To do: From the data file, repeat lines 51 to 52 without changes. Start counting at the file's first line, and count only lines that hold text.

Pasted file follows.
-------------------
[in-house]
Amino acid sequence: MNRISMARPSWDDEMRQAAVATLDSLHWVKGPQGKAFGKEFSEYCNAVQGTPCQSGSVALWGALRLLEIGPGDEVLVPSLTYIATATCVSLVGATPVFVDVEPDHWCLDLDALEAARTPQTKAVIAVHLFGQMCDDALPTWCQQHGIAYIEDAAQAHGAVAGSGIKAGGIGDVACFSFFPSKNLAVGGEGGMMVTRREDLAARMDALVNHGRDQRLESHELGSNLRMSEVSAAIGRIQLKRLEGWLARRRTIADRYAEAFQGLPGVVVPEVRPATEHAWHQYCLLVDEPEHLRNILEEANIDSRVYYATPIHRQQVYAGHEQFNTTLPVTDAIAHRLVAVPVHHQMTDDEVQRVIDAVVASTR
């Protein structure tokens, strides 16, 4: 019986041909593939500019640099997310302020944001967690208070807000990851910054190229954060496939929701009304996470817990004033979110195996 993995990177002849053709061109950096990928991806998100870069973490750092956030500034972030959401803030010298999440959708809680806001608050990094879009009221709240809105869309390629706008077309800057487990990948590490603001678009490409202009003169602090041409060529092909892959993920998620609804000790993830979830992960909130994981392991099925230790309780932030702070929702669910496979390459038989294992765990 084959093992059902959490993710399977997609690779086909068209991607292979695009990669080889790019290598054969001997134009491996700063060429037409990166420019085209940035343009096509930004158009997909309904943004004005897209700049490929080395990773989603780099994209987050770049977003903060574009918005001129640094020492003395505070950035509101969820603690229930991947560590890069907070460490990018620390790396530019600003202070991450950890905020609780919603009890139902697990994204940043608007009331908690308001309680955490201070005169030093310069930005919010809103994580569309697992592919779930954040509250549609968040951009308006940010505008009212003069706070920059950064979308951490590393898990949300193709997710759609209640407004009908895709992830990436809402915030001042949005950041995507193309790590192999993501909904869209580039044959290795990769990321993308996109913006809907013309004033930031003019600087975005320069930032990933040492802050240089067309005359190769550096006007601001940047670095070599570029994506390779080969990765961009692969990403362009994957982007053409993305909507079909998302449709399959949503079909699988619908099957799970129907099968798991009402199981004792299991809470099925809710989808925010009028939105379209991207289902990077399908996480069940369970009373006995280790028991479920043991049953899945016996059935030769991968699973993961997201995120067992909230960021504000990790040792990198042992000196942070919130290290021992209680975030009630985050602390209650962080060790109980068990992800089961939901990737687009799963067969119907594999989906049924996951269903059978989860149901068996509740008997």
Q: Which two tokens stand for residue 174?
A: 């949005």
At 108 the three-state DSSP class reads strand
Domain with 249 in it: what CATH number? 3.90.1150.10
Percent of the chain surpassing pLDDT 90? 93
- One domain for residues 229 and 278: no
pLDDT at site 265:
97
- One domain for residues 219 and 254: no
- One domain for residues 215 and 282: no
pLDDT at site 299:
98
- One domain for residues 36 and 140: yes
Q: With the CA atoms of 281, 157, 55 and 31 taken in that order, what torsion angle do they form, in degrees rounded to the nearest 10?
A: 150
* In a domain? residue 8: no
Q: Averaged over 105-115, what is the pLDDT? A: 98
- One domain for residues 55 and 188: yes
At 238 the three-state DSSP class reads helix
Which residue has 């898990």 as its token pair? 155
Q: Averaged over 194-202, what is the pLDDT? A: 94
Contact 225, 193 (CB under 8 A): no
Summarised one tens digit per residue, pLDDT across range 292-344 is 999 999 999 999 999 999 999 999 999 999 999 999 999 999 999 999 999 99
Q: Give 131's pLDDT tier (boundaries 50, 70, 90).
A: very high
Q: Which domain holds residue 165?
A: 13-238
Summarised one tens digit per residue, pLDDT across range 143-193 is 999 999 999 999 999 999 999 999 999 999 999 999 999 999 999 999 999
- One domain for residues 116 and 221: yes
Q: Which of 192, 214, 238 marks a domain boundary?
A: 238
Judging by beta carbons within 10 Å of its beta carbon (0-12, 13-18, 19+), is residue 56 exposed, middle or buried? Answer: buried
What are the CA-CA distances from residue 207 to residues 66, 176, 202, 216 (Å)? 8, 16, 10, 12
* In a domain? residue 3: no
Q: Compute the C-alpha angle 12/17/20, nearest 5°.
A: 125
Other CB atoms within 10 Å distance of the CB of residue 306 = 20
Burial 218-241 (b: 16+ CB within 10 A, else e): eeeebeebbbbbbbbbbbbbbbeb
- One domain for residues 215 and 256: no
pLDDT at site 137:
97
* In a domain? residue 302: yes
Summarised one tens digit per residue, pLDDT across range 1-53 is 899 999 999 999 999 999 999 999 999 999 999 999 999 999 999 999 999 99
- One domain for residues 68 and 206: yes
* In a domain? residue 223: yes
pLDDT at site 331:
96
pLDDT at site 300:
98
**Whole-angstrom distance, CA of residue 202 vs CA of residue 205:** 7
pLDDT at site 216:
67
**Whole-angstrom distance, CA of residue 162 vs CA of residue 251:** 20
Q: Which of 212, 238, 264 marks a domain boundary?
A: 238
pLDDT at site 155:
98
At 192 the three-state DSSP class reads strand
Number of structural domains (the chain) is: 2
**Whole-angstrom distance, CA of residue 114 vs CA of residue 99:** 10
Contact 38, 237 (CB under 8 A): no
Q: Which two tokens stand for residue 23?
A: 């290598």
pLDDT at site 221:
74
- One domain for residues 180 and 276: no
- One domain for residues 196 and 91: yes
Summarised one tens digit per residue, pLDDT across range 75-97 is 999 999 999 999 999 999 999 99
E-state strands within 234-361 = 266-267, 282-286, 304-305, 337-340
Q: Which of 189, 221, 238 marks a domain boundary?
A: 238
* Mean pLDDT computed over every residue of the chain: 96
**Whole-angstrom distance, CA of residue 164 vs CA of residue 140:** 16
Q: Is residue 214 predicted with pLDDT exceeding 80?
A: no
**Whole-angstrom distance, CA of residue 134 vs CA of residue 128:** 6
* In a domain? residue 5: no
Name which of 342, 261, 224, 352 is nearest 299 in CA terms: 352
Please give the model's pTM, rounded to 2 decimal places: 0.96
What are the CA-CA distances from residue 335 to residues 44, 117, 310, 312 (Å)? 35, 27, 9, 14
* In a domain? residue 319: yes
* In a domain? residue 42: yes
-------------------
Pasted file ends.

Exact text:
pLDDT at site 300:
98